Happy only before you’re happy?

8 Sep

A great paradox concerning happiness, expressed by the French philosopher Jean-Jacques Rousseau in his novel Julie or The New Heloise: once we feel we’ve achieved happiness, we stop being happy. 

“As long as we desire, we can do without happiness: we expect to achieve it. If happiness fails to come, hope persists, and the charm of illusion lasts as long as the passion isabelle-huppertthat causes it. So this condition is sufficient in itself, and the anxiety it inflicts is a sort of enjoyment that compensates for reality …Woe to him who has nothing left to desire… We enjoy less what we obtain than what we hope for, and we are happy only before being happy.”  (Part 6, Letter VII)

Tant qu’on désire on peut se passer d’être heureux; on s’attend à le devenir: si le bonheur ne vient point, l’espoir se prolonge, et le charme de l’illusion dure autant que la passion qui le cause. Ainsi cet état se suffit à lui-même, et l’inquiétude qu’il la-nouvelle-heloisedonne est une sorte de jouissance qui supplée à la réalité …Malheur à qui n’a plus rien à désirer!  On jouit moins de ce qu’on obtient que de ce qu’on espère et l’on n’est heureux qu’avant d’être heureux. 

Nathalie, played by Isabelle Huppert, reads out this passage to her students in the film L’Avenir, by Mia Hansen-Løve, which opened last week in London. A philosophy teacher in her fifties, Nathalie sees her life slipping away from her. Her husband leaves her for a younger woman, she crosses a picket line because her former communism apparently means nothing to her, her publisher decides not to reissue her books, she hates the idea of retiring, her mum dies, her former student and protégé Fabien tells her she’s bourgeois, and she eventually gives away the cat which she reluctantly inherited  and seemed to be growing to love. 

Though the film is very good, it’s also fairly bleak. But perhaps we can take something positive away from it. Hansen-Løve may be suggesting that there’s a new beginning for Nathalie in all of this. Is the Rousseau quote making the point that in losing the whole world Nathalie can regain her soul? – or in Rousseau’s terms, she can regain her desire, her hope, her anxiety, and her happiness?  In other words,  can Nathalie only be happy if she stops being happy? 

Hedonism part 1: the oyster question

14 Jul

plato_360x450

Hedonism – the idea that pleasure is the highest good – was certainly being discussed in ancient Greece by the end of the fifth century BC. It is outlined in Plato’s Protagoras, a dialogue in which Plato’s old teacher Socrates is debating the question of whether virtue can be taught. He’s talking to Protagoras, a leading Sophist and philosophical relativist.

‘So to live pleasurably is good, to live painfully bad?’ Socrates asks.

‘Yes, if one’s pleasure comes from what’s honourable,’ Protagoras replies.

‘Really? Protagoras, you surely don’t subscribe to the commonplace notion that some pleasures are bad, and some pains good?’

Socrates is being ironic here, because Protagoras was famous in his day for challenging conventional views of morality. Wrong-footed by Socrates (something that happens repeatedly in Plato’s dialogues), he has to admit that there are some pleasures that aren’t good, and some pains that aren’t bad.  (Plato, Protagoras 351c) So a criterion for the good life – ‘what is honourable’ – has already been introduced. Pleasure is not the be-all and end-all of our existence.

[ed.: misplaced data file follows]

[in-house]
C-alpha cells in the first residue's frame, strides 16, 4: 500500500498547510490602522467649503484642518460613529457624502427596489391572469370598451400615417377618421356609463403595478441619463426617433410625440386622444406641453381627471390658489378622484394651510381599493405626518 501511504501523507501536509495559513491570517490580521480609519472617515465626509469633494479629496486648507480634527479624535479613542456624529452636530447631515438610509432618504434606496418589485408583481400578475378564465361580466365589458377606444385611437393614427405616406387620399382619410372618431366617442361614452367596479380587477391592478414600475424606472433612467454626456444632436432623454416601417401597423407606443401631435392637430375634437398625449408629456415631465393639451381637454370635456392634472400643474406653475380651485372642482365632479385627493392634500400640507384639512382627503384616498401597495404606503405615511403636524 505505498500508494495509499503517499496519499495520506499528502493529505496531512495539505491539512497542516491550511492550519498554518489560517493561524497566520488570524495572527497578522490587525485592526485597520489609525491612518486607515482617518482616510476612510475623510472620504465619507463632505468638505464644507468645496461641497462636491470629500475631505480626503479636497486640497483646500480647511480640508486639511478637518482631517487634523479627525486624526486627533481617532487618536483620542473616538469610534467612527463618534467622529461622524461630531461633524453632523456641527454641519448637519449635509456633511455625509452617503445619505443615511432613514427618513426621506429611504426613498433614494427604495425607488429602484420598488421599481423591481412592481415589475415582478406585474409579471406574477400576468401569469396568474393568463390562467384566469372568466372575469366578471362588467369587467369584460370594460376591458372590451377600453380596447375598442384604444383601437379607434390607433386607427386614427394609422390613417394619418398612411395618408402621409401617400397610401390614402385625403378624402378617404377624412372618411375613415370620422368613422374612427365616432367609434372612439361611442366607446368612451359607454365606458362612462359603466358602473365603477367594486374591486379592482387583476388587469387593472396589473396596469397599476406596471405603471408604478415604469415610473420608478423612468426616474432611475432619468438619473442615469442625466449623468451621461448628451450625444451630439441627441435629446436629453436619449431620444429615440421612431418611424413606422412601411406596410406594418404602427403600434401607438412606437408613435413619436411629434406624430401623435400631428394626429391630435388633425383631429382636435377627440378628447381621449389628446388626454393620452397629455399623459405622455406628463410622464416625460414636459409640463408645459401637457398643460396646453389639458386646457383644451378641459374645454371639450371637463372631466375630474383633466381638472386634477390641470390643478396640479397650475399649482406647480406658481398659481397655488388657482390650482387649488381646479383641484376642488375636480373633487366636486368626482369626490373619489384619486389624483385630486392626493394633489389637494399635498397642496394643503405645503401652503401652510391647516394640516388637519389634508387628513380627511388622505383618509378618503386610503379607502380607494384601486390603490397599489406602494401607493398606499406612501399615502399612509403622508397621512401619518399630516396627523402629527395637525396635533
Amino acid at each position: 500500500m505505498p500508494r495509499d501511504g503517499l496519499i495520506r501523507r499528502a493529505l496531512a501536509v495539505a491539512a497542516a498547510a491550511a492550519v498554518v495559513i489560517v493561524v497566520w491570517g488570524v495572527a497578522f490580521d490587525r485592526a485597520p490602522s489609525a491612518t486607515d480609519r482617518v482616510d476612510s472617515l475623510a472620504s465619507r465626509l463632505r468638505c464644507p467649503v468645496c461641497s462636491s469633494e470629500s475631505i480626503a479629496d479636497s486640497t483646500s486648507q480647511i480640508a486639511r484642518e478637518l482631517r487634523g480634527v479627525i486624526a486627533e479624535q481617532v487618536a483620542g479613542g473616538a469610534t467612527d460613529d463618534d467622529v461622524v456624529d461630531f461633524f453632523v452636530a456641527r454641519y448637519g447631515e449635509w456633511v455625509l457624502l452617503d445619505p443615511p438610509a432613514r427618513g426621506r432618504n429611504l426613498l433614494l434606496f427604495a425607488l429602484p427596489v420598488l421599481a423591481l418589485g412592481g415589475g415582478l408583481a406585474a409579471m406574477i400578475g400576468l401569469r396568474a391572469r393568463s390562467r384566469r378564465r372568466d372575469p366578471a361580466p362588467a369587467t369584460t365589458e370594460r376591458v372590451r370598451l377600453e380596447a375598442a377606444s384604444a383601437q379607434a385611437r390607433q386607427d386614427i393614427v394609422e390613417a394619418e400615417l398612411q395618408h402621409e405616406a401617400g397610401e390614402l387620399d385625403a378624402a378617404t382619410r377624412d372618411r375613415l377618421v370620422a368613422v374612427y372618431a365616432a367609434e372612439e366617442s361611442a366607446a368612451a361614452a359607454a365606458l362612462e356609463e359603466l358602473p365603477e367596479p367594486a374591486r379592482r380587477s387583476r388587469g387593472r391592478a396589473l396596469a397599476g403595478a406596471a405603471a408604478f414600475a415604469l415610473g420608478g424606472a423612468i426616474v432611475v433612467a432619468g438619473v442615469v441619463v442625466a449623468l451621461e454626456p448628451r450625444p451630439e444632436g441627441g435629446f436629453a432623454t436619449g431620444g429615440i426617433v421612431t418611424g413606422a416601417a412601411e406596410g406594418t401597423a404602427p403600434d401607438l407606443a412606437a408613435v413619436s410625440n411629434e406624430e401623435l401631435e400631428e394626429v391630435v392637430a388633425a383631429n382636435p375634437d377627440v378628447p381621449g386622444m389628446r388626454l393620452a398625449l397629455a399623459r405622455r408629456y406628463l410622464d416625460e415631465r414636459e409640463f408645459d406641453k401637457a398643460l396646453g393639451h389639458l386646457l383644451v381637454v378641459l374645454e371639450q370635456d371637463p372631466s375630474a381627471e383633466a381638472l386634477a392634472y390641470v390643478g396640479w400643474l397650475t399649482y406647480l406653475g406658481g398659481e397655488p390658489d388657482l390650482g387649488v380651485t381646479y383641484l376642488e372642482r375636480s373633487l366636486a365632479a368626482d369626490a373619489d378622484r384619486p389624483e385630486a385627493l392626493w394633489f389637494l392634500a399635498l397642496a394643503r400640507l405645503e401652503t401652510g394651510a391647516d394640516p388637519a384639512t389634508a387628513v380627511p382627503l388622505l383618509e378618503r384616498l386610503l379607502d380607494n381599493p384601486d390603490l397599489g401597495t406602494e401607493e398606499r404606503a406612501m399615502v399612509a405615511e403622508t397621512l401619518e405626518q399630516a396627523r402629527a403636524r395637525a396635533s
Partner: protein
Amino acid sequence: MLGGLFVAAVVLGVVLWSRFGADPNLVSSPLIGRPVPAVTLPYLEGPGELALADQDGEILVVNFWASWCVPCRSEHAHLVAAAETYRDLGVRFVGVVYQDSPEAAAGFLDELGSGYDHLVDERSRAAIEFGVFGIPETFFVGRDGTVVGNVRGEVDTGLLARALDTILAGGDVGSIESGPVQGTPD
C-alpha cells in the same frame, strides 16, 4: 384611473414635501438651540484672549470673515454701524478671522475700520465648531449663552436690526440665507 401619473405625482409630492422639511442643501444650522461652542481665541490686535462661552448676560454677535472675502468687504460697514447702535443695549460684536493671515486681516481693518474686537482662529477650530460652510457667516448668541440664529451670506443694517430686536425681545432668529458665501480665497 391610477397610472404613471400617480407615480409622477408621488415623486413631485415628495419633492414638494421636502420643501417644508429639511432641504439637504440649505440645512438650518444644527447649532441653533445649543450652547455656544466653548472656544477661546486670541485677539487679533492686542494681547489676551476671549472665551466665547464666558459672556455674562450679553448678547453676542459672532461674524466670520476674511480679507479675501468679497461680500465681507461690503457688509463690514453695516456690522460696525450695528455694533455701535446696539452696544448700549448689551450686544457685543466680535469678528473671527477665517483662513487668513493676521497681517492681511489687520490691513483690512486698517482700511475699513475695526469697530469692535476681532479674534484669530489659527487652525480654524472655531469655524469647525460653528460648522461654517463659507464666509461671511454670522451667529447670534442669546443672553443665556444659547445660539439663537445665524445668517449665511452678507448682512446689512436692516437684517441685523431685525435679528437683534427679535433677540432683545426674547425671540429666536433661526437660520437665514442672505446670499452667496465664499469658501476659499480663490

In another of Plato’s dialogues, Philebus, Socrates asks his companion Protarchus whether, if he got the chance, he would choose to spend his whole life in the enjoyment of the greatest pleasures.

‘Of course I would.’

‘Would you want anything else out of life apart from perfect pleasure?’

‘Certainly not.’

‘Think about it for a minute. Wouldn’t you want wisdom and intelligence and foresight?’

‘Why should I? If I have pleasure, I have everything.’

‘But if you didn’t possess mind or memory or knowledge or true opinion, you wouldn’t know whether you were enjoying pleasure or not.’

‘I suppose not.’oyster

‘And if you had no memory you wouldn’t even know that you had ever enjoyed pleasure in the past. … And if you had no foresight, you wouldn’t be able to look forward to enjoying it in the future. Your life wouldn’t be that of a man. It would be the life of an oyster.’
(Philebus 21b-c)

Here Plato assumes – rightly, I’m sure – that without consciousness we have no way of enjoying pleasure. He also seems to assume that consciousness immediately introduces other factors into the good life, factors that will lead us away from relying solely on pleasure. This assumption is more questionable.

So it seems that identifying pleasure as the highest good involved complex questions right from the start. Nearly a century later, when Epicurus appeared on the philosophical scene, he became the Greek world’s most celebrated hedonist. ‘When pleasure is present, as long as it is uninterrupted, there is no pain either in the body or the mind.’ (Principle Doctrines 3). But Epicurus’s view of pleasure, like most other people’s, is far from straightforward, since he believed that the limit of pleasure is reached in the removal of pain. If we’re hungry, we eat; but if we go on eating after we’ve dealt with our hunger, then we’ll only cause ourselves further pain. The answer for Epicurus lies in managing our desires so as to achieve maximum pleasure; and maximum pleasure means limited pleasure. This is a far cry from the modern use of the term ‘Epicurean’; and indeed in Epicurus’s own day his doctrines were misinterpreted, and seen as offering an ‘eat, drink and be merry’ message. ‘No, I’m not talking about fine food and fornication,’ he kept having to say. And I’m not talking about oysters either, he might have added, though he didn’t. So I would probably put Epicurus in the ‘desire theories’ category when it comes to ideas about well-being. More of this anon.